• Understanding when it is OK to loose money from touring to certain venues in tours if it is covered by other areas and enables you to build a new relationship with that audience / venue in the long term / or in exchange for other types of support in kind.
• Ask a venue “why aren’t we coming to you?” “What do you need in order to book us?”
• “We would love to add your venue to the list”
• Nir told us about the BE Festival - an award can be won which includes dates at 4 or 5 venues across the area as a result
• When booking with a venue there are areas and problems to consider and plan for:
E.g. Is there and SM there who will work on the show? Be sure to be specific about the costs and what is offered, Beware of assuming a venue will market your show as you would expect - what other priorities do the have? What time and effort can they / will they want to put in?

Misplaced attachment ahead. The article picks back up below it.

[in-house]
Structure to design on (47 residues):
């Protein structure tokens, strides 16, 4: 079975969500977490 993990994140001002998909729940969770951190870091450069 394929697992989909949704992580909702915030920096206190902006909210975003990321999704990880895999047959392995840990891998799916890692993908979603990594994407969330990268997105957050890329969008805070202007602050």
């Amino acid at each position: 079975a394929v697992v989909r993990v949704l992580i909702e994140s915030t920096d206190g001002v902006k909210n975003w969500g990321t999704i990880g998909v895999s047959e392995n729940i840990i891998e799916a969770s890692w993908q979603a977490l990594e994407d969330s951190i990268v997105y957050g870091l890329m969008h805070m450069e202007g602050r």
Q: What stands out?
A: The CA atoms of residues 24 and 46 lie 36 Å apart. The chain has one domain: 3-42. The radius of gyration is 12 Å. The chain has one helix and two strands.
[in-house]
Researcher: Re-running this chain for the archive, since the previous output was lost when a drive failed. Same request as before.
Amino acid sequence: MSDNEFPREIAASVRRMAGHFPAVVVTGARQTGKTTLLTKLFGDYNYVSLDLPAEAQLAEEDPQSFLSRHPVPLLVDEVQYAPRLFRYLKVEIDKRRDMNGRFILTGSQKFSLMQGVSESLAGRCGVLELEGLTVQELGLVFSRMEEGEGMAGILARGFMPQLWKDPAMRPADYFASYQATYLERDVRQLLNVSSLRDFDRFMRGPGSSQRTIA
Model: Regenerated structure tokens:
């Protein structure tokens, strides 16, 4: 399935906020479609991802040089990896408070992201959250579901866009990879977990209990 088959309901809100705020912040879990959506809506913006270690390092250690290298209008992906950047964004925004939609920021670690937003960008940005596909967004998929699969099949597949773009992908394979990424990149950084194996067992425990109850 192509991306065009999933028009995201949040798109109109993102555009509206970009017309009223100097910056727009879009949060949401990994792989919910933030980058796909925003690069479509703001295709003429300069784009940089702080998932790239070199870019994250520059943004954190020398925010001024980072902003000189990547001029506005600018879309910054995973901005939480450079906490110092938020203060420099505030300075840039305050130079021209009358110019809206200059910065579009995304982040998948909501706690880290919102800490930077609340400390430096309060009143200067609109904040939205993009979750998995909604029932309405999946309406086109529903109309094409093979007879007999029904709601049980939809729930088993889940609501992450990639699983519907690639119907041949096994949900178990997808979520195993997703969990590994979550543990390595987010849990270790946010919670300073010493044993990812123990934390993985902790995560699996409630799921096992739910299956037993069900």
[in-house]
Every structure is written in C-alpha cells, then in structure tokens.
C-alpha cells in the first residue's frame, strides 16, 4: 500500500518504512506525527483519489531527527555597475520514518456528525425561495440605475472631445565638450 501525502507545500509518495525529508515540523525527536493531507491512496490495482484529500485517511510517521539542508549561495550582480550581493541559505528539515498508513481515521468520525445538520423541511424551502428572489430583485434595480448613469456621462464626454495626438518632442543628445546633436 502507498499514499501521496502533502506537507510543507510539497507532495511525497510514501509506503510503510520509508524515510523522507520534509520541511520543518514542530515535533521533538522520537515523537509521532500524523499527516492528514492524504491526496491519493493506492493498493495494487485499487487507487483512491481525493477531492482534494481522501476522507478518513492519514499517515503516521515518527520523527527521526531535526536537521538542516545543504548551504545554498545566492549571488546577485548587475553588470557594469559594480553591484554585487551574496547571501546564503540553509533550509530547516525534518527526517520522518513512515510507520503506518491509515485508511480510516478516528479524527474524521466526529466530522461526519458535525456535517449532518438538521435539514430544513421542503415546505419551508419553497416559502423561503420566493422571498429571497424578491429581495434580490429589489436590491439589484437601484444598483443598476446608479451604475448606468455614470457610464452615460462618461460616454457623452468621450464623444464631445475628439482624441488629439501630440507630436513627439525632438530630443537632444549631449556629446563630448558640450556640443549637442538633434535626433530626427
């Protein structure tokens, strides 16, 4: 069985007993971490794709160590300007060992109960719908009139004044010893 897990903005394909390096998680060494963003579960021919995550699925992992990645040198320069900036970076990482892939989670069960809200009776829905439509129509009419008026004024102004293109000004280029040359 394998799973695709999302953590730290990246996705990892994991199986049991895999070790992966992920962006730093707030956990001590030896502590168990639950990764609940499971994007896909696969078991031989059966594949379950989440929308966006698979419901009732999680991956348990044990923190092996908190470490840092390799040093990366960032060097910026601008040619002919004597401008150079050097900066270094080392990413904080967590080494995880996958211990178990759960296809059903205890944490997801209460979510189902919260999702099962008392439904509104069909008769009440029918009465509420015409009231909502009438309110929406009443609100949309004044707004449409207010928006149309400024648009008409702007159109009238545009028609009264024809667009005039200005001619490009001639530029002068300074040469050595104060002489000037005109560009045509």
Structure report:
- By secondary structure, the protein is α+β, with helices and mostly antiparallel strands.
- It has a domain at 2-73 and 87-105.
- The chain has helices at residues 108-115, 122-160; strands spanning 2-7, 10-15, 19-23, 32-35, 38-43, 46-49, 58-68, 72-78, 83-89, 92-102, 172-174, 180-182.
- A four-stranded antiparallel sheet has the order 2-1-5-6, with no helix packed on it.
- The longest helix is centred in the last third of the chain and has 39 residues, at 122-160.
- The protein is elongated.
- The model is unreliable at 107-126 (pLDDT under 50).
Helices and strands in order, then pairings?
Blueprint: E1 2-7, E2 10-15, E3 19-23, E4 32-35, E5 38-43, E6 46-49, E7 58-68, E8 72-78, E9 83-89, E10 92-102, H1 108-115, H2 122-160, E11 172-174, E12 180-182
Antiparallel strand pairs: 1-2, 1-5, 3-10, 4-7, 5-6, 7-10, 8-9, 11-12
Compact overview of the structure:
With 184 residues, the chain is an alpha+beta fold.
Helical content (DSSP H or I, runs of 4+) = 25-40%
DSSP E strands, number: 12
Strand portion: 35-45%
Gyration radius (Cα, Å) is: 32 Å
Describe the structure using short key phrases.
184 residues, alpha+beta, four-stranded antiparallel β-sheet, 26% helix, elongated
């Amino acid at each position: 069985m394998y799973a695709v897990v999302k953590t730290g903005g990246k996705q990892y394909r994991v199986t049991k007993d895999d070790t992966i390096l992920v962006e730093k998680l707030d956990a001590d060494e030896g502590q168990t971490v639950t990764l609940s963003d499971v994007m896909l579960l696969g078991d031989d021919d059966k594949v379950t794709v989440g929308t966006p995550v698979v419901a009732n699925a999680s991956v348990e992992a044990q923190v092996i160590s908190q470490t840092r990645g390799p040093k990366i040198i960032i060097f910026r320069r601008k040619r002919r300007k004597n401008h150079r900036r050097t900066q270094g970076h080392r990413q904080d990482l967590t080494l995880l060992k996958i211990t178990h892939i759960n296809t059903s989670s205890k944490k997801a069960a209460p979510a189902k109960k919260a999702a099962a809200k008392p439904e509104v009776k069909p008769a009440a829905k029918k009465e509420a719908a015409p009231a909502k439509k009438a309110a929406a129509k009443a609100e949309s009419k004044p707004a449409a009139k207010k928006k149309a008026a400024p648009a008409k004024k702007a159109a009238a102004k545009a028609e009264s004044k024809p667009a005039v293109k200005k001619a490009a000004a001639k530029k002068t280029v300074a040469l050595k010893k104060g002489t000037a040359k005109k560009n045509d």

• Accommodation: find ways of making this personal and tailored to the individuals working with you and everyone will feel rested and more able to commit their best energy into the work
• Don’t forget travel lodge and Premier inn! - at least you know what you are getting
• Be aware that as a touring producer / artist you need to help different members of a venue’s team to work effectively with you - ask “what can we do for you and what can you do for us? (marketing, technical, administration, selling, planning, developing audience and even further funding)
I thought I’d add a little extra note on this (in very simple terms) as it took me ages to know what certain terms meant when I started:
• Guarantee: A venue pays the producer a fixed fee for a production and keeps all the box office: e.g.: Venue guarantees to affectively buy your show in for £750 for a performance. You know you are getting the money (why Arts Council like this in a budget)